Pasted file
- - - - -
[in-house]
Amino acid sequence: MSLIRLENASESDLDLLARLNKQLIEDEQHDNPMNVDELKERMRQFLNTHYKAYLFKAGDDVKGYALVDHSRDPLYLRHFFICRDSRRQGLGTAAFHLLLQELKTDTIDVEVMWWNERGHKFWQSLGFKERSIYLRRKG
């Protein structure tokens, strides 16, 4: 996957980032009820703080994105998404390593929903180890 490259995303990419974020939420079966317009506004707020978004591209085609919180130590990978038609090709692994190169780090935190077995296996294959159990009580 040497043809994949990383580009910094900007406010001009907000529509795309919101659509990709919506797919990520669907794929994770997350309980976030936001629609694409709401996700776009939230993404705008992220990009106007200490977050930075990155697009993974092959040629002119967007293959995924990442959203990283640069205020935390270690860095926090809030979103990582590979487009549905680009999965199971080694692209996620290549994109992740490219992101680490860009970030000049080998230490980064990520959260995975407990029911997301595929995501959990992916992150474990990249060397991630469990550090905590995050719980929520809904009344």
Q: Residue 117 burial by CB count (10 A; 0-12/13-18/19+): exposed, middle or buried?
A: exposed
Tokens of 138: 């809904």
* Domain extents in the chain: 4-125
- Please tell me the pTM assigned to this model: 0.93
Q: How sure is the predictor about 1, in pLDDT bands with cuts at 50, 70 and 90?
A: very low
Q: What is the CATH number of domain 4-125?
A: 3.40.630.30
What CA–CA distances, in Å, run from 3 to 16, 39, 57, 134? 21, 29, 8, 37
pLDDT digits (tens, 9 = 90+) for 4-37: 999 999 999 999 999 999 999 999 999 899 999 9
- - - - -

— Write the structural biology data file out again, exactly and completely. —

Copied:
[in-house]
Amino acid sequence: MSLIRLENASESDLDLLARLNKQLIEDEQHDNPMNVDELKERMRQFLNTHYKAYLFKAGDDVKGYALVDHSRDPLYLRHFFICRDSRRQGLGTAAFHLLLQELKTDTIDVEVMWWNERGHKFWQSLGFKERSIYLRRKG
């Protein structure tokens, strides 16, 4: 996957980032009820703080994105998404390593929903180890 490259995303990419974020939420079966317009506004707020978004591209085609919180130590990978038609090709692994190169780090935190077995296996294959159990009580 040497043809994949990383580009910094900007406010001009907000529509795309919101659509990709919506797919990520669907794929994770997350309980976030936001629609694409709401996700776009939230993404705008992220990009106007200490977050930075990155697009993974092959040629002119967007293959995924990442959203990283640069205020935390270690860095926090809030979103990582590979487009549905680009999965199971080694692209996620290549994109992740490219992101680490860009970030000049080998230490980064990520959260995975407990029911997301595929995501959990992916992150474990990249060397991630469990550090905590995050719980929520809904009344």
Q: Residue 117 burial by CB count (10 A; 0-12/13-18/19+): exposed, middle or buried?
A: exposed
Tokens of 138: 């809904």
* Domain extents in the chain: 4-125
- Please tell me the pTM assigned to this model: 0.93
Q: How sure is the predictor about 1, in pLDDT bands with cuts at 50, 70 and 90?
A: very low
Q: What is the CATH number of domain 4-125?
A: 3.40.630.30
What CA–CA distances, in Å, run from 3 to 16, 39, 57, 134? 21, 29, 8, 37
pLDDT digits (tens, 9 = 90+) for 4-37: 999 999 999 999 999 999 999 999 999 899 999 9